In keeping with the Research Network’s remit of facilitating the multi-way flow of knowledge and expertise, the second workshop brought together researchers, heritage professionals and translators to explore, first, a range of issues related to best practice across the integration and use of computer-assisted translation tools and translation briefs in translation processes. Our attention then turned to questions of Scots and Gaelic in and as heritage translation. Once again, the participatory spirit of the event opened up rich and action-focussed discussions – the key points have been summarised below, where you will also find copies of the presentations that have been made available with the kind permission of the speakers.
1. Pauline Côme (PhD student, University of Strathclyde)
The aim of this presentation was to provide insight into how translators work with computer-assisted translation tools, with a particular focus on how translation memories and glossaries might add value to interlingual heritage translation. Many thanks to Pauline for providing a copy of her slides (see below)!
- Potential for creation of multilingual glossary (including dialects) with preferred terms and options for different audiences that could be shared across heritage bodies in Scotland
- Heritage bodies uncertain as to whether translation memories generated through their commissioned translations exist; and if so, how they might be re-used
- Any successful negotiation (e.g. of costings & intellectual property rights) of the re-use or new creation of translation memories and glossaries depends on the strength of the translator – client relationship
- Time and energy required for the maintenance of translation memories and glossaries; could be helpfully guided by user feedback on translation quality
2. Translation Brief Analysis
The group examined and discussed a translation brief drafted by Sally Gall (Historic Environment Scotland), highlighting its existing strengths and identifying areas where a clearer steer would be welcome. The translators agreed that the level of detail provided in the ‘Site summary’, ‘Aim’, ‘Audience’, ‘Tone’, ‘Specifications’ and ‘References’ sections was already highly beneficial and signalled an improvement in the extent of information they often have to work with. Attention was also drawn to the following areas where scope exists for the inclusion of further instructions:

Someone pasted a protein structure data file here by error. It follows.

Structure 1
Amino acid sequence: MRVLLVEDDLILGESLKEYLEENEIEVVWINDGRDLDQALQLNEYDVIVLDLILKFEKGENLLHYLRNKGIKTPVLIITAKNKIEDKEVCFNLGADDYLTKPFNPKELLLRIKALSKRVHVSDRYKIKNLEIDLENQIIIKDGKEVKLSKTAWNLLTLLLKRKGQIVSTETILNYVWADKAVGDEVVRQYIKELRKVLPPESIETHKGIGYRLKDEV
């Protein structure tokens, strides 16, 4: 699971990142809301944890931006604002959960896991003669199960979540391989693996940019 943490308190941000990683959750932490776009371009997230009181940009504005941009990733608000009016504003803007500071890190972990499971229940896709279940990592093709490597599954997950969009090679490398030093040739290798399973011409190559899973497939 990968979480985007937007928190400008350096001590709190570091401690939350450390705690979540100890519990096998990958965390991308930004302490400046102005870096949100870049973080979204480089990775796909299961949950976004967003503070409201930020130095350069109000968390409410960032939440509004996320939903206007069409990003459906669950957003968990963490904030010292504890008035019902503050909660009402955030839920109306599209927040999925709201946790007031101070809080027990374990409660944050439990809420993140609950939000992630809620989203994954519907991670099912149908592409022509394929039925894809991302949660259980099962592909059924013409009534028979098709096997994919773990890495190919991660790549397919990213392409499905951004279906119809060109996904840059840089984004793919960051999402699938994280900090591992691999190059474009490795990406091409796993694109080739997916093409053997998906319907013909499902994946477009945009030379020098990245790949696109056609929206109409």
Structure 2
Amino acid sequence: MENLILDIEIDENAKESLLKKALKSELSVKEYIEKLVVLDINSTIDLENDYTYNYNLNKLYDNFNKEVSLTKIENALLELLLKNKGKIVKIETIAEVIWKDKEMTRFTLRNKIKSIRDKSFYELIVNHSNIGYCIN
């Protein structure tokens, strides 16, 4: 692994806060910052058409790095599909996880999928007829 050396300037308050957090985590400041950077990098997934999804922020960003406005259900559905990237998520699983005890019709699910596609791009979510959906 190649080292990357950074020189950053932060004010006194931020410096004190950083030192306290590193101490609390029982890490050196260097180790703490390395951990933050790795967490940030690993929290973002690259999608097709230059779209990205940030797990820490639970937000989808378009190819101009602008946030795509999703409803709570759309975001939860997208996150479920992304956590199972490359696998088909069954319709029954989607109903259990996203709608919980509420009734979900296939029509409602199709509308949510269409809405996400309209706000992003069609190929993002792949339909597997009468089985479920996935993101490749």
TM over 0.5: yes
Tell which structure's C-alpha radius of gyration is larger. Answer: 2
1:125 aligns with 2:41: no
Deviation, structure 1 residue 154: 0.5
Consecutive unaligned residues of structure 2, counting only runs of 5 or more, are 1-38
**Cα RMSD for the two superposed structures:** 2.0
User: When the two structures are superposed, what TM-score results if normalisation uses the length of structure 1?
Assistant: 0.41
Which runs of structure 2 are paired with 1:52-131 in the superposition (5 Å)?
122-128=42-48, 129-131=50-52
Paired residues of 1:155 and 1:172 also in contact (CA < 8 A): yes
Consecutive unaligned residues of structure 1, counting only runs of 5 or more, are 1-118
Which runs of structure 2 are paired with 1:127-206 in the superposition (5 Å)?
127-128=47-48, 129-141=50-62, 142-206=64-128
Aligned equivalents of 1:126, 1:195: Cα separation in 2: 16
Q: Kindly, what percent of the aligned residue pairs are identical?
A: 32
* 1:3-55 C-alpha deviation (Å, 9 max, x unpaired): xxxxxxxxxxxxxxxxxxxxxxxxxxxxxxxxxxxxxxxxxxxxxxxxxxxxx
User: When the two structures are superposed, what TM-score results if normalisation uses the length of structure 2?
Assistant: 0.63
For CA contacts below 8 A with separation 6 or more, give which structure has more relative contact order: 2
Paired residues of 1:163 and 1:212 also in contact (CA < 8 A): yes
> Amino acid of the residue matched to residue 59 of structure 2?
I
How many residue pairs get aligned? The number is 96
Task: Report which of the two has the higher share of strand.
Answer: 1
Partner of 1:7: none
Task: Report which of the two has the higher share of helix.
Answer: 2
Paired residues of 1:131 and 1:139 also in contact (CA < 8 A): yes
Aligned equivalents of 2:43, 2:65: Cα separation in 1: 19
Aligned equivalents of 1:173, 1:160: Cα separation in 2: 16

- delivery timelines
- contact details for heritage professional who can respond to queries from translator or translation project manager
- sample of existing translated material to serve as a guideline for subjective qualifications such as ‘informal’
- guidance where content cuts could be made in response to space constraints
- guidance on who is responsible for e.g. final formatting and ensuring compliance with accessible documents policy and the use of gender-inclusive language
The discussion also touched on the challenges of evaluating translations, especially transcreations, in terms of accuracy (historical and linguistic) and in terms of its appropriateness for different audiences; criteria against which to measure translation quality will differ across groups, e.g. BSL users might privilege an inclusive interpretation, and international visitors a more foreignizing one. In turn, the potential for language/culture-specific style guides to be produced was also raised, along with questions as to how these materials might be stored within heritage bodies.
3. Ashley Douglas (Parliamentary reporter, researcher, writer, translator)
‘Scots: an aye-bidin kist o Scotland aforesyne’ // Scots: a living repository of Scotland's past’
Ashley has very kindly agreed to write up her presentation as an article for us, so please watch this space! In the meantime, feel free to have a look at her slides below.
4. Dr Alasdair MacCaluim (Parliamentary reporter, translator)
‘Gaelic Heritage in translation’
We’re also very grateful to Alasdair for making his talk publicly available; this can be accessed below.
The ensuing Q&A session allowed us to delve deeper into an illuminating array of points raised by our two engaging speakers. A number of parallels between Scots and Gaelic heritage translation emerged:
- no formal translation training exists for either Gaelic or Scots translators in general, let alone in the specialised domain of heritage translation where practice is premised on a combination of experience and experiment
- both Scots and Gaelic can be regarded as ‘heritage languages’ in their own right; their use as a language of translation is therefore bound up in political questions of identity, visibility and equality
- no consensus or recommendations around translation strategies have been put in place for translation into Gaelic or Scots
- the two minority languages risk alienating their respective translation users, albeit for different reasons: written (as opposed to spoken) Scots is a much less familiar mode of communication, while Gaelic texts tend to serve readers who range from native speakers to absolute beginners
At the same time, though, some points of divergence became clear:
- Gaelic has undergone a comparatively higher degree of language standardisation, whereas Scots has a higher degree of regional (e.g. Doric, Orcadian) variation that has an impact on translation decisions
- given their shared roots, it is easier to share Scots texts with English speakers; a bilingual translation in this language pair will therefore give the reader much more access to the source language than would be the case with an English-Gaelic parallel text.